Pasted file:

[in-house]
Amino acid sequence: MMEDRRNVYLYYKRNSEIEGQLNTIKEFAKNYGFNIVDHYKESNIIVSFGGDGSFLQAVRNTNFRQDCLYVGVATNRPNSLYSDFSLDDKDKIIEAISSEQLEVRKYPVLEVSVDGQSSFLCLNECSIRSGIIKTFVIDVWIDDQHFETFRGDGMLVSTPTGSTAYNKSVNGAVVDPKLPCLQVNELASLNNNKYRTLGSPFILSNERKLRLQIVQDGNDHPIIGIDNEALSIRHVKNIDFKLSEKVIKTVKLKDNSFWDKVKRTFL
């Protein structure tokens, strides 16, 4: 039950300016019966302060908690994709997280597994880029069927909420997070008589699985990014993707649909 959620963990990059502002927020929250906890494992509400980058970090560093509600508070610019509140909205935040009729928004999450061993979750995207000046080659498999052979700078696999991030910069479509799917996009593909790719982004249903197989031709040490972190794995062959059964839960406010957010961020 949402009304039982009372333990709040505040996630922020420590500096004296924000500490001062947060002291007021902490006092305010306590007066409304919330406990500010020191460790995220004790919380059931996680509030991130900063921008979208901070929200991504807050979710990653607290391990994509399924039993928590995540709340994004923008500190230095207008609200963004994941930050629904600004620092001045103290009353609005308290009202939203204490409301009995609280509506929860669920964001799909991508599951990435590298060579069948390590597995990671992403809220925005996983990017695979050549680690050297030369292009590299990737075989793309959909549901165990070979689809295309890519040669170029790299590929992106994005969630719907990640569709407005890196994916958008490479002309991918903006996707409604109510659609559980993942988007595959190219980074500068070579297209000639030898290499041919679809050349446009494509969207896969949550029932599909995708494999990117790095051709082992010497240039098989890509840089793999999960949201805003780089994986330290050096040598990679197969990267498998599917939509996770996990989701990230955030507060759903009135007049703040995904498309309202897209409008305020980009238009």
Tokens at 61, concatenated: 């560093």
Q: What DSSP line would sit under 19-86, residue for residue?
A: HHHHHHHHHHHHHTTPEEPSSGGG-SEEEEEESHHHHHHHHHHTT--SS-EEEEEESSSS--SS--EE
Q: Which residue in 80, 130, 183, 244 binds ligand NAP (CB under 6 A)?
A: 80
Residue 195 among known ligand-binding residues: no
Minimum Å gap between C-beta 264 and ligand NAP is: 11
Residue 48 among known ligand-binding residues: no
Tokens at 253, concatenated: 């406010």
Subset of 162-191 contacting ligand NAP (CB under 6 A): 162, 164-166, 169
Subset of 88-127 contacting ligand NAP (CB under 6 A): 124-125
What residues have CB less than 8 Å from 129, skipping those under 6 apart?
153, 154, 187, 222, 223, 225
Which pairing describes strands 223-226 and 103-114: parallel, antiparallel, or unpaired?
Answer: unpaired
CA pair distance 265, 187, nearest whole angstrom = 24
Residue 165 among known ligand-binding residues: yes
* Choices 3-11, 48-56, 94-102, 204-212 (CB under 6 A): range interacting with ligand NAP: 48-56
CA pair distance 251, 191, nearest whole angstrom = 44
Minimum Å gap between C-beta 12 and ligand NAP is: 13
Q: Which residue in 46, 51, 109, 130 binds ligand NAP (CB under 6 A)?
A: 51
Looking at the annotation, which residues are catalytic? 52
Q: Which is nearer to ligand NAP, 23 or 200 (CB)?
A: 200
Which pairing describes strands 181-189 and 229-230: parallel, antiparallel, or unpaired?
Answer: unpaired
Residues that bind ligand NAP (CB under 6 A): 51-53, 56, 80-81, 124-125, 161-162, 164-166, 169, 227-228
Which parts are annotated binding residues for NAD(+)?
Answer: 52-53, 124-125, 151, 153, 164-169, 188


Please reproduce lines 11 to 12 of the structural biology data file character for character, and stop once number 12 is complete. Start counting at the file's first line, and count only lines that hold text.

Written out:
Residue 48 among known ligand-binding residues: no
Tokens at 253, concatenated: 């406010």